Microsoft Doubling Down on AI

This week, Microsoft announced improvements to Office 365 and a new camera app for iOS called Microsoft Pix. While these two products are very different, in nature they clearly demonstrate how Artificial Intelligence for Microsoft is much broader than Cortana and bots.

Keeping Word competitive by adding smartness

As Matt illustrates in today’s article, Word, the unquestioned word processing tool of choice, has been challenged by new tools especially around cloud and collaboration. Even users like millennials, who clearly favor it for some of their work, look elsewhere when it comes to collaboration. Keeping up with competition is essential and, while there are areas where I think Office should invest more such as real-time collaboration, this week’s additions – Researcher and Editor – are certainly welcome.

Researcher lets you incorporate reliable sources and content into your paper. Within the document you are writing, you can look at material that is relevant and add as a proper citation. Researcher uses the Bing Knowledge Graph to pull content from the web. Researcher responds to Google’s introduction of Google search into Google Docs. This tool should be particularly well liked by students for their research papers.

Editor is really where AI comes in. In the blog announcing the enhancements, Kirk Koenigsbauer, corporate vice president for the Office team, described Editor as follows:

“Leveraging machine learning and natural language processing—mixed with input from our own team of linguists—Editor makes suggestions to help you improve your writing. Initially, it will help you simplify and streamline written communications by flagging unclear phrases or complex words, such as recommending “most” in place of “the majority of.”

At first, Editor will help with writing style suggestions to improve clarity. In the Fall, it will add the ability to explain why words or sentences may not be correct, becoming more like a teacher versus just a correction tool.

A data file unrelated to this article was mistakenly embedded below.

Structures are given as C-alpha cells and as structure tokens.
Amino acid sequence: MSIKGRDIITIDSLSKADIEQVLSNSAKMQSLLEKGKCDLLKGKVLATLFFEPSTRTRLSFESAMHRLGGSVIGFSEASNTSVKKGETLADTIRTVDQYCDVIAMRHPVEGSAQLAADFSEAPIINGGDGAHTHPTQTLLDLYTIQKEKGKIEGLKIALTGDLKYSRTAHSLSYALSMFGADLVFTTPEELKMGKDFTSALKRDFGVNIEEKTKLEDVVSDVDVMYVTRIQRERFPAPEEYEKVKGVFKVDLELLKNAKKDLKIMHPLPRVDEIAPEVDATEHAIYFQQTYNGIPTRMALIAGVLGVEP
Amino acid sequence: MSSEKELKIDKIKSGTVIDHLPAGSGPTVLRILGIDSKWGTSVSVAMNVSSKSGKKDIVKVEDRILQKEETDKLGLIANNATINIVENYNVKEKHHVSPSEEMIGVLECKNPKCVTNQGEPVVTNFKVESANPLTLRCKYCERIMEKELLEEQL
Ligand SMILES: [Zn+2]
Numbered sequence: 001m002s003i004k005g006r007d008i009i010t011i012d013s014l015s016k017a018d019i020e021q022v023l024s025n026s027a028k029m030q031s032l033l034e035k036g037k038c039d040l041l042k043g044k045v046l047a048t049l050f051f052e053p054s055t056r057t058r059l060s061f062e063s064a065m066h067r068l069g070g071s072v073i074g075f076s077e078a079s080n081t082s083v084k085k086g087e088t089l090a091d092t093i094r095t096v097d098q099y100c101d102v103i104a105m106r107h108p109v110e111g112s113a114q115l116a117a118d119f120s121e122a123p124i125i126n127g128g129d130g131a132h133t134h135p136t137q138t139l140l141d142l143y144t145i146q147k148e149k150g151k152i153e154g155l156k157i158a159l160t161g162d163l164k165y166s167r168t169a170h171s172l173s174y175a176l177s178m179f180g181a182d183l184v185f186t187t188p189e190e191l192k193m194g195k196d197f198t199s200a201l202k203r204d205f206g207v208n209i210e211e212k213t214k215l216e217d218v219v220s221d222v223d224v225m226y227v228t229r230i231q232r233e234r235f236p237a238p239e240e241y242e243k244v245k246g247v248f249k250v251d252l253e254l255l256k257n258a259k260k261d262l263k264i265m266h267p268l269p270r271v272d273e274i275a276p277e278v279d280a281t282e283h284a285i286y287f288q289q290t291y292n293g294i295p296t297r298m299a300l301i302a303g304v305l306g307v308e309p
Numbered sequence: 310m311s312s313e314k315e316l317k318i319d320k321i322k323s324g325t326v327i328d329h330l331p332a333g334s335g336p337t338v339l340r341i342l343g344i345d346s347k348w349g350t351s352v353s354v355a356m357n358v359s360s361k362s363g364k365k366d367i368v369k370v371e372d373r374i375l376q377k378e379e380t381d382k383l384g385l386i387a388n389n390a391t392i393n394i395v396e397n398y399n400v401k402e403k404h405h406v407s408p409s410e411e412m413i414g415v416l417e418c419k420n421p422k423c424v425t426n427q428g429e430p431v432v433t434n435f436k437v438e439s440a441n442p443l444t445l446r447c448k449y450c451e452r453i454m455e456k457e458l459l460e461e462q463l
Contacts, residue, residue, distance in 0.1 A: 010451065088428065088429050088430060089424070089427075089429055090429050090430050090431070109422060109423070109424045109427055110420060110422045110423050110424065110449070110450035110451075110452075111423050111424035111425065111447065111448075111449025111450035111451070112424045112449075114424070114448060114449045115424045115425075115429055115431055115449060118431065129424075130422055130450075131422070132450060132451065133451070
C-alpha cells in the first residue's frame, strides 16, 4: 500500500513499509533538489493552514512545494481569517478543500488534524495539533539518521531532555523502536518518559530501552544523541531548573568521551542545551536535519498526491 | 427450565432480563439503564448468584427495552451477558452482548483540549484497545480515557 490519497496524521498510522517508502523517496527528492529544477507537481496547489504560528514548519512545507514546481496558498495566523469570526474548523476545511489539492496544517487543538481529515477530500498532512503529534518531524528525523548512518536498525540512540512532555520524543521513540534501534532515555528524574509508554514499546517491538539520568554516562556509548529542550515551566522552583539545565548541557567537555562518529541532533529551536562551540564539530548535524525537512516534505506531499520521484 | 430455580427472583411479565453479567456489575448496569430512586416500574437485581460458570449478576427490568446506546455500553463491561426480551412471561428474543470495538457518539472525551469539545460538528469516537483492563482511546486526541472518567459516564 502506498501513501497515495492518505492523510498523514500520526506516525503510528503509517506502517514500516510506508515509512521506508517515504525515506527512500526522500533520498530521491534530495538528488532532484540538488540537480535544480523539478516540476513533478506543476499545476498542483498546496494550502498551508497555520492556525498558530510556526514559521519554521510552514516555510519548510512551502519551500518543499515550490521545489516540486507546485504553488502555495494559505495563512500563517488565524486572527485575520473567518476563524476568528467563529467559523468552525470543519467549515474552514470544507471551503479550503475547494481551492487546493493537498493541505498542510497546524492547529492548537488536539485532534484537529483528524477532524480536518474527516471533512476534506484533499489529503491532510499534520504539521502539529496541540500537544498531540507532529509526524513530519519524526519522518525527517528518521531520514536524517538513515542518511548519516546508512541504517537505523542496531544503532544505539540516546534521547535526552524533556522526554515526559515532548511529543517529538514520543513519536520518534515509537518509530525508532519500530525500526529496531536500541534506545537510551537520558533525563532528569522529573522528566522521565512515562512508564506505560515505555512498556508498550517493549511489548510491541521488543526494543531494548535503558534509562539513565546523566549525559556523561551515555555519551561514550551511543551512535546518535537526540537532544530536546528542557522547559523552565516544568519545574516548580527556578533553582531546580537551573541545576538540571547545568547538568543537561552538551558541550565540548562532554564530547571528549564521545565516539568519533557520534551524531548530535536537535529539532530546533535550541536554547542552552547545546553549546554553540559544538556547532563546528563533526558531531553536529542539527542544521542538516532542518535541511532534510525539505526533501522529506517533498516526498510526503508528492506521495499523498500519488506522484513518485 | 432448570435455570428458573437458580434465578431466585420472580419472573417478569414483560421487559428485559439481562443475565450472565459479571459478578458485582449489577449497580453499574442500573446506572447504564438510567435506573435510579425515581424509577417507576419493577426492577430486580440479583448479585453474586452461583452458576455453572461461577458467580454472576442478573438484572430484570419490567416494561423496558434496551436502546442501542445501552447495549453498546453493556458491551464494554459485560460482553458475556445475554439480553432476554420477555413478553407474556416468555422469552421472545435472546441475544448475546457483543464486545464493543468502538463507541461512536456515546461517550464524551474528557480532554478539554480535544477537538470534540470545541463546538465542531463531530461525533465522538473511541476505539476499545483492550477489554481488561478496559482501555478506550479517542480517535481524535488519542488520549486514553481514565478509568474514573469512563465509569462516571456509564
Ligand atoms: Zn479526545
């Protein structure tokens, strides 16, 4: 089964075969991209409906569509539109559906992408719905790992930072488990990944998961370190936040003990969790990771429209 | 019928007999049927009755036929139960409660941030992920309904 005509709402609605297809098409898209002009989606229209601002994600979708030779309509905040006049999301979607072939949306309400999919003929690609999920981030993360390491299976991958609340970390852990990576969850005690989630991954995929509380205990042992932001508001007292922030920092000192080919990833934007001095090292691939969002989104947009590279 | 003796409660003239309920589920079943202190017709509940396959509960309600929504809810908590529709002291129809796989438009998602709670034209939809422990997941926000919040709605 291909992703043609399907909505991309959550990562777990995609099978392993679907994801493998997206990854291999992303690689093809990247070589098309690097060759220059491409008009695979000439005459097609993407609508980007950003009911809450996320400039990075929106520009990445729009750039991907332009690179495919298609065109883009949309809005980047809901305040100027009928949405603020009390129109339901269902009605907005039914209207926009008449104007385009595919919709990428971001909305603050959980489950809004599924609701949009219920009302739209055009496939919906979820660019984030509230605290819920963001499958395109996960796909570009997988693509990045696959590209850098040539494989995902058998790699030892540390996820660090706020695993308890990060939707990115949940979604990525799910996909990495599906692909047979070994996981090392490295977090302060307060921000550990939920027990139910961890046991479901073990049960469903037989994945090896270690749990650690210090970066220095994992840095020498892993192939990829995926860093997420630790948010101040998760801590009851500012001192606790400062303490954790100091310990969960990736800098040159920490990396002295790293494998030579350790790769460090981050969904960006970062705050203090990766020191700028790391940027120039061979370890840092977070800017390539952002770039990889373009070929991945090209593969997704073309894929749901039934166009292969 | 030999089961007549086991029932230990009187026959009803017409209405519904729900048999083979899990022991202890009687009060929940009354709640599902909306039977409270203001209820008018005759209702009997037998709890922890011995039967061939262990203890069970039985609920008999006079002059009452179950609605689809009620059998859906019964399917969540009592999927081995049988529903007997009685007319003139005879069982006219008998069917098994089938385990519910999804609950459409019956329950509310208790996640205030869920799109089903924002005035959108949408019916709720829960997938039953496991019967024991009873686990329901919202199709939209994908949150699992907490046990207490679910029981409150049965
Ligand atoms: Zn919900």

As I mentioned, Editor is a “smart” editor so it will improve over time; not just as it gets more features but as it learns about how you write. The fact Microsoft chose to give these new features a name reflective of a person’s job certainly speaks to wanting to develop a relationship with the users to increase dependence. As I’ve discussed before, humanizing virtual assistants helps deepen the relationship with the user. In our interviews with millennials, it was clear the high-level of dependence on Google Docs for their collaborative work has developed an emotional connection of sorts that drew feelings of sadness and loss at the thought of losing access to it. These connections are much harder to break.

As someone who has worked with human editors over many years and, as much as it was always a love-and-hate relationship, I came to depend on them and appreciate that my work was better because of them. Editor has the potential to do the same for many, especially as it becomes a teaching tool versus just a quick fix.

Microsoft Pix is a smart camera but also a smart business move

On Wednesday, Microsoft introduced a new iOS camera app called Pix that uses artificial intelligence to eliminate human error by capturing several pictures to find the best color, exposure and focus. When Pix detects a person in the shot, it optimizes for him/her. It assumes if you are pointing the camera at a person, that’s who you want to get a picture of. Pix also has an option to mimic Apple’s Live Photos by using the burst set of pictures captured and combines them into a loop video. This functionality is only triggered when movement is detected and cannot be manually set.

Pix is not just a smart app for users. It is a smart solution for Microsoft to get around the fact there are not millions of Windows phone in the wild. Microsoft is clearly following the “If you can’t beat them, join them” mantra and creating apps for iOS to increase user engagement in different ways than through owning their hardware. If I look at my iPhone and iPad, I now have about ten Microsoft apps I use regularly and I’ve come to depend on while being very aware they are Microsoft apps. This is ultimately what will help Microsoft’s AI aspirations. The more I use those apps, the more Microsoft will know about me and, in return, the more useful my interactions with those apps will be. Of course, this is not the ideal scenario as not being embedded in the hardware as much as possible has limitations. With Pix, for instance, the biggest hurdle to adoption will be the fact most iPhone users access their camera from the lock screen. Getting to Pix will require an extra step users will take only if the product delivered is considerably better. I need to use the app more to decide if that is the case for me.